Mumbai News

Bombay HC raps government for stalling demolition of illegal buildings – Times of India

Bombay high court. (File image)

MUMBAI: The Bombay high court on Thursday criticised the state government for ordering civic bodies not to demolish unauthorised structures during the monsoons even as a building in Mumbra facing demolition sought relief based on this directive.
“We want you to live. We don’t want you to die because of building collapses,” said chief justice Dipankar Datta and justice Makarand Karnik even as advocate Suhas Oak representing an illegal structure named Farida Mansion urged the court to consider their case on “humanitarian grounds.”
The court was hearing a PIL filed in 2021 by three persons on the issue of the April 2014 collapse of a building in Lucky Compound in Mumbra that killed some 80 people. The PIL mentioned nine buildings in wards 29 and 33 constructed on private land without sanction. Last year HC had directed the Thane Municipal Corporation to file a report on illegal buildings, which it did on January 5; on June 27 the judges had questioned what action had been taken on the report. Now the high court has granted time till Monday for details of all residents in the nine buildings mentioned in the PIL to be submitted so that they can pass an order.
Senior advocate Ram Apte, for TMC, said it has issued demolition notices and disconnected electricity and water supply. He said residents had, however, refused to vacate the buildings. The judges said the buildings came up “under the watchful eyes of your commissioner and others.” Advocate Neeta Karnik, for the petitioners, said construction had begun prior to the lockdown and was carried out during the lockdown as well. “If power is disconnected, how are they staying there?” she asked.
Oak referred to TOI’s report on the June 29, 2021 directive by the urban development department to all civic bodies not to demolish unauthorised structures, slums and encroachments on government, semi-government and private land during the monsoon from June 1 to September 30. He also submitted a 1998 GR that puts a bar on demolition in the monsoons.
The judges questioned the government about the 1998 GR and whether its officers were unaware of a 1995 judgment that laid down procedures for taking action against unauthorised structures. “Why no demolition during monsoon? Risk is more during monsoon. What is the logic?” asked the CJ. “I am new to Mumbai. How many instances of collapses for which suo motu notice was taken!” he added. Oak said the GR was issued on humanitarian grounds. “You will put executive order on a higher pedestal than judicial order?” asked the CJ.
Oak also said “90% buildings in Mumbra are illegal but only these nine are targeted and 200 constructions of buildings without sanctioned plans is going on even at present. “Let us make a start somewhere,” said the CJ, adding that after dealing with nine buildings they will enlarge the scope of the PIL to include other unauthorised buildings.Oak said, “There are small children (residing in the buildings). We are not opposing demolition. Some time may be given.” To which the judges asked whether the residents would give undertakings to vacate by August 31. The judges have granted time till Monday for him to get details of all families. Until then, TMC will not take any coercive action.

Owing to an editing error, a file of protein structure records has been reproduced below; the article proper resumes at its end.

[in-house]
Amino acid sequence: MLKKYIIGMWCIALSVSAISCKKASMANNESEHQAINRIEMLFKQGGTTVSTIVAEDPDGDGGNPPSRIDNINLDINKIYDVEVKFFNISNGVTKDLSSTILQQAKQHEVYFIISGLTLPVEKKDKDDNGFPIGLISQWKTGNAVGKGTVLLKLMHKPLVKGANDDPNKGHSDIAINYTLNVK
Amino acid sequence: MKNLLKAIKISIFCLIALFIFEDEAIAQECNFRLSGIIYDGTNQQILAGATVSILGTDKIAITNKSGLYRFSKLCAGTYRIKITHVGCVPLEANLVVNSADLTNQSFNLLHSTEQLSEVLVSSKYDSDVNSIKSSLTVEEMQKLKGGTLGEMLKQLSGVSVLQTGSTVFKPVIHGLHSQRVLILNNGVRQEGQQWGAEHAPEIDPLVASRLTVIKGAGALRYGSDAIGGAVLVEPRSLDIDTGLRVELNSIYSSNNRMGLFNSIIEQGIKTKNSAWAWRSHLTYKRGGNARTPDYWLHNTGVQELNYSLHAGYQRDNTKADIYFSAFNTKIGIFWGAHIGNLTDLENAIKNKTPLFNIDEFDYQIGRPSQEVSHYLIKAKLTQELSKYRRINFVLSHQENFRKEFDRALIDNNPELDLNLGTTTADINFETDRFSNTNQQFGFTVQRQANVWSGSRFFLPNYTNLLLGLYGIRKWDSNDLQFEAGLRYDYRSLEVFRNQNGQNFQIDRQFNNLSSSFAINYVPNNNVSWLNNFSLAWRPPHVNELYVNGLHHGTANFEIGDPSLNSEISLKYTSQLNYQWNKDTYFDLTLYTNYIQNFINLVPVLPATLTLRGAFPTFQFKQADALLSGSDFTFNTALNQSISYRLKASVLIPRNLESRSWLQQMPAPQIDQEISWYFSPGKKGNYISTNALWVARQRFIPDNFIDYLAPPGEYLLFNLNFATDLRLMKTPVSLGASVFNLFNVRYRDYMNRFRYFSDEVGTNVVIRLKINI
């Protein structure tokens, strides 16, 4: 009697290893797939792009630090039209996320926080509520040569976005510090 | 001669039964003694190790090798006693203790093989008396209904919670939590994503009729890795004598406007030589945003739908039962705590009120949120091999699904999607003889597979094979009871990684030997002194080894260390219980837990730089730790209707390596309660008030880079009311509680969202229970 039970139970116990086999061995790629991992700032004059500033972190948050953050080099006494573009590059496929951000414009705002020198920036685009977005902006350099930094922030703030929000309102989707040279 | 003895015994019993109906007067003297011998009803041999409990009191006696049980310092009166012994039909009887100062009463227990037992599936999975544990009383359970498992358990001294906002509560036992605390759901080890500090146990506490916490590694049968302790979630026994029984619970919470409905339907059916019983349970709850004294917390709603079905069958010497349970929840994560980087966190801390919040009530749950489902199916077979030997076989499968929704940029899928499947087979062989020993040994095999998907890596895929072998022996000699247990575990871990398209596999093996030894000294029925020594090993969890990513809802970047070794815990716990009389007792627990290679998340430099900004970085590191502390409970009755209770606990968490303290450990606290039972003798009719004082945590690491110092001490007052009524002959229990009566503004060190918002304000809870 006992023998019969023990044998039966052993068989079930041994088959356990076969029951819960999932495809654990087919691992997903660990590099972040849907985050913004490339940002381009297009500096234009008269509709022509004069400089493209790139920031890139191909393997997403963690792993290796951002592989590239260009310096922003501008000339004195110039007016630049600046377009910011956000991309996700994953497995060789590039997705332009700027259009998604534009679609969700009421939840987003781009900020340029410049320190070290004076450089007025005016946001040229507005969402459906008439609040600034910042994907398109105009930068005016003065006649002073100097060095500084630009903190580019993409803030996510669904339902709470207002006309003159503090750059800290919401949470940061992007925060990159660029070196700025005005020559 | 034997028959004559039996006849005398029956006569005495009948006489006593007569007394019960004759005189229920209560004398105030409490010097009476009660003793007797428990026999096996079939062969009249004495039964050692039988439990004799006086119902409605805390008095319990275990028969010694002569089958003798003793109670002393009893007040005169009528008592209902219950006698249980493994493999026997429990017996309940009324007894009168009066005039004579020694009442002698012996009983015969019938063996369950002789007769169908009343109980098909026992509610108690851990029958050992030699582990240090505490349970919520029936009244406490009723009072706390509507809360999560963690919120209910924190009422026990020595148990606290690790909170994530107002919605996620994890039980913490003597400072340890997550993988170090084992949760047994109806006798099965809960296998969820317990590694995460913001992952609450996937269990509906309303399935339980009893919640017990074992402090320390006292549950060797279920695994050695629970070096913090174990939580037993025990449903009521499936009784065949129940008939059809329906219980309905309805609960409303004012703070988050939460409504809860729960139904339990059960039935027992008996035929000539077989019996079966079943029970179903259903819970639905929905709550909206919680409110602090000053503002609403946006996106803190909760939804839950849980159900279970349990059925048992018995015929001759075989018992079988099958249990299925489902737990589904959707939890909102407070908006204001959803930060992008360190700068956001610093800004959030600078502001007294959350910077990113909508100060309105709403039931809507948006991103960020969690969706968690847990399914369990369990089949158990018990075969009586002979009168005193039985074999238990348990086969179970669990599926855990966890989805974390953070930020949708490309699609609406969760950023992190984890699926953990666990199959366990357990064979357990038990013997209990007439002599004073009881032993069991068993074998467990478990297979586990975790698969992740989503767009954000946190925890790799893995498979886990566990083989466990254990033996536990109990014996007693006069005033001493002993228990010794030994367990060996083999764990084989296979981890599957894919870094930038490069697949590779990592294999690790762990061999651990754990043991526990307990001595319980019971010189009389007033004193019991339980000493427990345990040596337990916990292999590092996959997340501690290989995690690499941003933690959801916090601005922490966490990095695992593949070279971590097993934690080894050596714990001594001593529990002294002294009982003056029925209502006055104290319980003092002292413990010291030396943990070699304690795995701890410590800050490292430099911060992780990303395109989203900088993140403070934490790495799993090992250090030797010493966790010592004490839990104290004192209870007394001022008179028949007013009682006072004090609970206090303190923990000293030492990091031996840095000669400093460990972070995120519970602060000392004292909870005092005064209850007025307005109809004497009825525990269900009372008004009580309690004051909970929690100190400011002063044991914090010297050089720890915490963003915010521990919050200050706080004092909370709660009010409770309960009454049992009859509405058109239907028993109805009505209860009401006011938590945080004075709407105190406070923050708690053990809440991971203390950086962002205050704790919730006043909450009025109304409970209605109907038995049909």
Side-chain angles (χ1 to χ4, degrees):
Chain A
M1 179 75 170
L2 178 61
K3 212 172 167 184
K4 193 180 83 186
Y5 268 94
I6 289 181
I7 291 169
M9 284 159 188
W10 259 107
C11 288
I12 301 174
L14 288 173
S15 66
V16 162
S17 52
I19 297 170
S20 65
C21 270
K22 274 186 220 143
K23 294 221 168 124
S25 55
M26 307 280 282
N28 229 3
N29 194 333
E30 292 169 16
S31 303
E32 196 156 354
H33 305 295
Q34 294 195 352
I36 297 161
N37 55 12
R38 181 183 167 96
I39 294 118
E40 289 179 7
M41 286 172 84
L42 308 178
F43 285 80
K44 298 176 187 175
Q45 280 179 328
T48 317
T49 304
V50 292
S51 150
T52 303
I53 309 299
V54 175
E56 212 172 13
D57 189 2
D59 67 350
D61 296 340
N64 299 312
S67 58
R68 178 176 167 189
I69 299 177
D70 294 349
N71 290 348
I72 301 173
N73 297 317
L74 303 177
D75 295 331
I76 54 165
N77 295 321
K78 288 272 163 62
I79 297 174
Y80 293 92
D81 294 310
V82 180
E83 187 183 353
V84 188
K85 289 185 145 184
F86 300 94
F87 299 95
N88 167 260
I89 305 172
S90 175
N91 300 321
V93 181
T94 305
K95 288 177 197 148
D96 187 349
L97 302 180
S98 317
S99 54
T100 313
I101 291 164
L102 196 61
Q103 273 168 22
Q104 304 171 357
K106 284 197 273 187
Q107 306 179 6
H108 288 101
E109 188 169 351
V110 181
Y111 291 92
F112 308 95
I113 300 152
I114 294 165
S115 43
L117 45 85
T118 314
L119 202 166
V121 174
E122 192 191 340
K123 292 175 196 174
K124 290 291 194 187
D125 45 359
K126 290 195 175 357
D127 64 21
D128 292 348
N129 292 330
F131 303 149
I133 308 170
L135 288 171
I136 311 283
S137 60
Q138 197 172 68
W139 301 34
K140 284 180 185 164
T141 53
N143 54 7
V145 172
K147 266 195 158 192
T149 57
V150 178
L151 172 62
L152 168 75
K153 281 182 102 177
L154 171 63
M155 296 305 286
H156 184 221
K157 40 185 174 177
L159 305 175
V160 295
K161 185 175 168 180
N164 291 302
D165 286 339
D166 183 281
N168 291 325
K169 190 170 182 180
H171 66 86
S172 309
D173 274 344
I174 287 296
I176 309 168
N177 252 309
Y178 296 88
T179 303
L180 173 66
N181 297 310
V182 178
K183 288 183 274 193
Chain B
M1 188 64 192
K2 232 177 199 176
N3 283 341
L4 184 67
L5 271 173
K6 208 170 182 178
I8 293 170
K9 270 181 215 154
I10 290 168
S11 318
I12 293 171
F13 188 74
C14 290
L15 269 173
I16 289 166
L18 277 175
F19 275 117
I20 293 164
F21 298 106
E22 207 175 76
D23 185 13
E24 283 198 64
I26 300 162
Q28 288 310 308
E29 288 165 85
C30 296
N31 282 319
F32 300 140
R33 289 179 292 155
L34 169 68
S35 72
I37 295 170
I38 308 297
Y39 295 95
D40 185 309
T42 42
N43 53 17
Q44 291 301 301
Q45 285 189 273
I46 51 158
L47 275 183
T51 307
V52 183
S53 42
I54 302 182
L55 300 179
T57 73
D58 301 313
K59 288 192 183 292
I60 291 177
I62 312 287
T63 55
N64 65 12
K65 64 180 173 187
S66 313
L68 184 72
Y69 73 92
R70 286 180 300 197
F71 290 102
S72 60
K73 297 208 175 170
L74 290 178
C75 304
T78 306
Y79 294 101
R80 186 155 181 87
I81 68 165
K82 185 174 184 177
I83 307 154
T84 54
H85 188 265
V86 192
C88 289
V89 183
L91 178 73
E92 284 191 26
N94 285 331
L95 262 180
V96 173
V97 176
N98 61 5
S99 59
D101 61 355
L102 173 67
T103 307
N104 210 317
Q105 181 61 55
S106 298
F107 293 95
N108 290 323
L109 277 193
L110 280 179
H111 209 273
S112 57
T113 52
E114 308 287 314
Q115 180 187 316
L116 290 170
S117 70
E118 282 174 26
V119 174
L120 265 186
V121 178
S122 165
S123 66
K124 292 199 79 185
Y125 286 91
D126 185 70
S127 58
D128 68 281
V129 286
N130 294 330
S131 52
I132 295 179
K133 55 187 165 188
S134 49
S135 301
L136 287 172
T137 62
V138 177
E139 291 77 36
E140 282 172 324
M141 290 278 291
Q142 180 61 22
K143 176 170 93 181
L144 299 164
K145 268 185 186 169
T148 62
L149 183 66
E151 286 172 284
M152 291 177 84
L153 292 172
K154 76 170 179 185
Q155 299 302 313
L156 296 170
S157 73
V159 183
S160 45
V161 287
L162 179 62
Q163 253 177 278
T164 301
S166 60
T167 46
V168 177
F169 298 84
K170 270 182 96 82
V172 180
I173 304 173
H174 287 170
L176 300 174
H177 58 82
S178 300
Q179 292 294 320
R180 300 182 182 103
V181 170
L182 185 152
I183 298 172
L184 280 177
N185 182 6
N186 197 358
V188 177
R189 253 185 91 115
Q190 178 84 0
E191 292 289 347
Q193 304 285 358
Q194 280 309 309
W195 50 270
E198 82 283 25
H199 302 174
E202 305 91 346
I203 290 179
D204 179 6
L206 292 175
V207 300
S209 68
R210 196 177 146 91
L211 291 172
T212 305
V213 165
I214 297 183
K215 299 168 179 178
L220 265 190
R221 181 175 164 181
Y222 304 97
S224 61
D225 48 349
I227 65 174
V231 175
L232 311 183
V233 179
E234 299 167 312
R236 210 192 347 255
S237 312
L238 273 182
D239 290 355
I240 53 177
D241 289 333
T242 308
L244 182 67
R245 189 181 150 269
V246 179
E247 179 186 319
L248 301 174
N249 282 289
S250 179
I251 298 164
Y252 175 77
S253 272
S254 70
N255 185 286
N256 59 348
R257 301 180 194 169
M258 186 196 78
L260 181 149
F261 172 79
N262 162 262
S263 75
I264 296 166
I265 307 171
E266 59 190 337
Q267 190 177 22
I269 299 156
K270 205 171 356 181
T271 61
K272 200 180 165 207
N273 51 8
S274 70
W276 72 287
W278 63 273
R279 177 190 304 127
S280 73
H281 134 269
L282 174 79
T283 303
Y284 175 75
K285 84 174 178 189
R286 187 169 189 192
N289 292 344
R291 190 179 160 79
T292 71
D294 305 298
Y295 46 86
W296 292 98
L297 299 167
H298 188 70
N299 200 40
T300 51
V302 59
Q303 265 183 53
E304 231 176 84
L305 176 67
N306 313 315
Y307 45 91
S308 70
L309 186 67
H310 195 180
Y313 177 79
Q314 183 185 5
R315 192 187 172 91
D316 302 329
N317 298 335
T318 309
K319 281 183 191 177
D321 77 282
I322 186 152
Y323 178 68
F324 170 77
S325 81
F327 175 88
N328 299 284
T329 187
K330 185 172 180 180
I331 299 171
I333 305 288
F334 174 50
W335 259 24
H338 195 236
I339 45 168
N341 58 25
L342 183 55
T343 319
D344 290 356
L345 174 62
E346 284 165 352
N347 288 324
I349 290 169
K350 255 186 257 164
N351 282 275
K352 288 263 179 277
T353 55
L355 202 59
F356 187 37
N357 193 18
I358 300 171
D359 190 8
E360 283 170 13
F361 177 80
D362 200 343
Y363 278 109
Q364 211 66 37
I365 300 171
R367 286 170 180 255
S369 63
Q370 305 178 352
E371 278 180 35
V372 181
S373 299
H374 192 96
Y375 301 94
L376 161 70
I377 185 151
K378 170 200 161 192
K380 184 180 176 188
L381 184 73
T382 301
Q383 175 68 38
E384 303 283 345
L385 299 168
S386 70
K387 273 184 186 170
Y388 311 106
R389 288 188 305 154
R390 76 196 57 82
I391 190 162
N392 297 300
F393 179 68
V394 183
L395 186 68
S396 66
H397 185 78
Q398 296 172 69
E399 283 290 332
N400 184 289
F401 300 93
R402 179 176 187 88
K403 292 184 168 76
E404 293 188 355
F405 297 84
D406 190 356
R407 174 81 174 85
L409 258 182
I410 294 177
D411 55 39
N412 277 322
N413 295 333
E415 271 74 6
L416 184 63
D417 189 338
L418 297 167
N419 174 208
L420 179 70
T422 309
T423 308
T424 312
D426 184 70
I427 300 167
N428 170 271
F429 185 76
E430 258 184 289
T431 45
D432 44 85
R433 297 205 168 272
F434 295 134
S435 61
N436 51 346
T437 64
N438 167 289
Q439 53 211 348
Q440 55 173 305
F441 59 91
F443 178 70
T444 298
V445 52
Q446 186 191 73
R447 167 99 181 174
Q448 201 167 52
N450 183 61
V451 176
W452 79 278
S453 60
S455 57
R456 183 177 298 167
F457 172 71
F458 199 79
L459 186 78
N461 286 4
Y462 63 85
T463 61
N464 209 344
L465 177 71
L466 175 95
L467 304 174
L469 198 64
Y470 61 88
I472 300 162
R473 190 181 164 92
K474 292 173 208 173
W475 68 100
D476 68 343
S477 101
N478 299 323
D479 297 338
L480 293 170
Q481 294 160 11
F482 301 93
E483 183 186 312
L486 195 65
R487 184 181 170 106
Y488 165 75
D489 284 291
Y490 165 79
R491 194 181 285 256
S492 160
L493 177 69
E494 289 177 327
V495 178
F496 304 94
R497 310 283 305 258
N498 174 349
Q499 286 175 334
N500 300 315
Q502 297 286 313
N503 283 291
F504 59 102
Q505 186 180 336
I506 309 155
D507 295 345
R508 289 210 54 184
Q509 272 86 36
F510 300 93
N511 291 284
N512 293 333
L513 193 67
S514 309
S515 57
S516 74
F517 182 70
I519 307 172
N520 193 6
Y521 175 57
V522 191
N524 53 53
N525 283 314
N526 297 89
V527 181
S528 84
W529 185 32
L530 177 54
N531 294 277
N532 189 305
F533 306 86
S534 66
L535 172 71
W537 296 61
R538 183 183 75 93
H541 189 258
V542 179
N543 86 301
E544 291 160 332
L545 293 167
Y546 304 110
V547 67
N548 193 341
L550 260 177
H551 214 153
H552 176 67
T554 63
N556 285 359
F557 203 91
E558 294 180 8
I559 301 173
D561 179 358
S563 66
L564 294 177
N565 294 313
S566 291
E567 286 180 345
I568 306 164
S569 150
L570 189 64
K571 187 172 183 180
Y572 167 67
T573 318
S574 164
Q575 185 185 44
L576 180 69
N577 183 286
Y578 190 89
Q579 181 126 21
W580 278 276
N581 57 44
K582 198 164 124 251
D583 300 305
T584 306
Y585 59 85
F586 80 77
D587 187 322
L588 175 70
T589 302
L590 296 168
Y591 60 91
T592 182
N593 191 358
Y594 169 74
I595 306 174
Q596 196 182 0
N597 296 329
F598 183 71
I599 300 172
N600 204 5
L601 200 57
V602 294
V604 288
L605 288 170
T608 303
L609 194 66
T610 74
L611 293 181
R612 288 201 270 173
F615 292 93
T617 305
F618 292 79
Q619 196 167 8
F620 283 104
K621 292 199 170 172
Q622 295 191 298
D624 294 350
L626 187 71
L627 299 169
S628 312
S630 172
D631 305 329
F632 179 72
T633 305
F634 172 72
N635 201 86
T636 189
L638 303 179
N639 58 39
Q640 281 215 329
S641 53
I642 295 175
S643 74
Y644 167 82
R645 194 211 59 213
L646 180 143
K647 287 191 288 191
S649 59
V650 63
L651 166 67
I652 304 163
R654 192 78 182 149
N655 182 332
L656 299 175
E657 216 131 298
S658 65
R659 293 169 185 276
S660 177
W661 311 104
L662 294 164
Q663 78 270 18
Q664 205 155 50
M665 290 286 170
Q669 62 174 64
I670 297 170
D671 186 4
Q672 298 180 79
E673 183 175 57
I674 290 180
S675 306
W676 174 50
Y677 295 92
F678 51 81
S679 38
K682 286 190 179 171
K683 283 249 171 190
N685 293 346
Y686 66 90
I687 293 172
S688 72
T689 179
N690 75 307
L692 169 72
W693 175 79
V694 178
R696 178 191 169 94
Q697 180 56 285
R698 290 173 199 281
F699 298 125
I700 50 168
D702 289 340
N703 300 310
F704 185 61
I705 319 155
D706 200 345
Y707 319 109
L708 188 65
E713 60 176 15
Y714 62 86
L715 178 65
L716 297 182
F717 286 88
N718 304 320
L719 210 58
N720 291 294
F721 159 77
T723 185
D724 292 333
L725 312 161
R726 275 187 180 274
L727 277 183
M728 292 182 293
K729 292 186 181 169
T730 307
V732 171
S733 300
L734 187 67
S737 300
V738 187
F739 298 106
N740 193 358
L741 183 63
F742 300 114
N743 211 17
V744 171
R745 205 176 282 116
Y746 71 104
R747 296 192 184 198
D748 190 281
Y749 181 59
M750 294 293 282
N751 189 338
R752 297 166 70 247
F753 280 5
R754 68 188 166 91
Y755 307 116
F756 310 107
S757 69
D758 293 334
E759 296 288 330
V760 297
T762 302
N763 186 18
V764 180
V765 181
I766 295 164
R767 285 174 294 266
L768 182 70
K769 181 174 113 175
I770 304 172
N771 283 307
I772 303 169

HC expresses its displeasure as state says practically not possible to ban hoardings
The Bombay high court on Thursday frowned at the state government after it said it is practically difficult to monitor illegal hoardings and banners. “You are saying the government is not able to implement the court’s direction,” said Chief Justice Dipankar Datta and Justice Makarand Karnik. They heard two contempt petitions, including one taken out in a suo motu PIL by the high court regarding non-compliance of its January 31, 2017, final order to pull down illegal hoardings and banners.
But state advocate Bhupesh Samant said there is an issue about implementation of the direction as it is not possible to completely ban hoardings. “If we try to control it, it will be like completely putting a ban on liquor,” he said. The chief justice then quipped, “You couldn’t find any better example?” Samant said that banning hoardings would lead to people finding different ways to put them up, including pressure tactics, and there have also been attacks on municipal staff. Samant said hoardings are a “regular, recurring feature” and it requires manpower and energy and the state is trying to regulate it instead of banning hoardings completely. “We are working to see other alternatives,” he said, adding that hoardings could be allowed in fixed zones, as done with parking.
The judge asked why the state does not adopt a policy where political leaders say they do not want their faces to be shown on hoardings. Samant replied that it is “a democratic set-up where people have a right” and it is the “ground reality”. The chief justice then said, “Without encouragement of leaders they would not be putting up these hoardings. They must tell their followers, ‘Don’t do it. We don’t want it.’ Let one leader say this.” The judges asked how the state can allow illegal hoardings to be put up.
Samant said that the matter was discussed with stakeholders and that people as a whole are not taking hoardings seriously. He said that the hoarding issue was neglected because of Covid-19 as priorities had changed during the pandemic. “It was not a life and death situation,” he added. Samant clarified that the state is not saying it will not implement the high court direction to take down illegal hoardings but that during “certain times the priority changes and law and order takes precedence”. “Nip it in the bud. Why do you allow hoardings to come up and say we don’t have manpower?” the chief justice asked. The judges posted the matter for the next hearing on July 28.


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